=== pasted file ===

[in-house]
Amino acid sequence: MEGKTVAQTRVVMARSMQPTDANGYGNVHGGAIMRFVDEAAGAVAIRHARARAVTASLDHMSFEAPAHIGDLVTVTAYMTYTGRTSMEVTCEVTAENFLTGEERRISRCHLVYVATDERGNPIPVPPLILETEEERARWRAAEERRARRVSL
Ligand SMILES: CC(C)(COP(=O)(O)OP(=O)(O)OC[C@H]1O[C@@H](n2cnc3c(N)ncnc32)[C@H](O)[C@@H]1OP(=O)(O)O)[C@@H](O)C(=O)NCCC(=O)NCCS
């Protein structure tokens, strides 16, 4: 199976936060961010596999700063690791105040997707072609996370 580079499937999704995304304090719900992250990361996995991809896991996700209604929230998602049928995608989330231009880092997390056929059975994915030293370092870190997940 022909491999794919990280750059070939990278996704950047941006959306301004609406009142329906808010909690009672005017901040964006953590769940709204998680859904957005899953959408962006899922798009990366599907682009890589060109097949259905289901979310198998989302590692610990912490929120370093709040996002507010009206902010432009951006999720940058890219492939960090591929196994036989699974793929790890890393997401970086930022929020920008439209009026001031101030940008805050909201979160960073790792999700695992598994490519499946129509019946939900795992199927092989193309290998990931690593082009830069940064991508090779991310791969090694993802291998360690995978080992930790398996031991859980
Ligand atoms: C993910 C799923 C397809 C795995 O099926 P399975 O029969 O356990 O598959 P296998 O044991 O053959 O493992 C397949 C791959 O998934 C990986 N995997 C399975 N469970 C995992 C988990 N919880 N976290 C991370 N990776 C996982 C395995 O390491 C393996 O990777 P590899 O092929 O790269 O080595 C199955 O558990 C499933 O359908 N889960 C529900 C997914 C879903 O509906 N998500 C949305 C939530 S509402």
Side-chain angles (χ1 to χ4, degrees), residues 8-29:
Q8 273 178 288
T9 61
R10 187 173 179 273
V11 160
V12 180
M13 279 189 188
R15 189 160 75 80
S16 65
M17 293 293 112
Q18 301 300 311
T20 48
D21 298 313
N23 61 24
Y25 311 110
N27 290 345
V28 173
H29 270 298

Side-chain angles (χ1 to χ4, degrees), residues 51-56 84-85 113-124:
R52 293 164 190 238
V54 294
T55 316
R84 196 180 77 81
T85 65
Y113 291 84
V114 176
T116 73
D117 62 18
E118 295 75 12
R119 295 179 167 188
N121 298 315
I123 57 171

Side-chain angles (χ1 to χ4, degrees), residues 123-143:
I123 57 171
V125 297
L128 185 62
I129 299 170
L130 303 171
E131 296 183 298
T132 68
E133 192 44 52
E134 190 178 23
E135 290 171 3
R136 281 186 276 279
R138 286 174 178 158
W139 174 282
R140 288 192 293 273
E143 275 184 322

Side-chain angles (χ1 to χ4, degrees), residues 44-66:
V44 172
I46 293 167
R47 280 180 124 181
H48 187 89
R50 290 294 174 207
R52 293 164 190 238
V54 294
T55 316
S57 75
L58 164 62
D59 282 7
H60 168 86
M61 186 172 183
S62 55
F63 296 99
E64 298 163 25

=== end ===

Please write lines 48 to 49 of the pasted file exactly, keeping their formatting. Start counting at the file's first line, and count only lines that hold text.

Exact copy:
E135 290 171 3
R136 281 186 276 279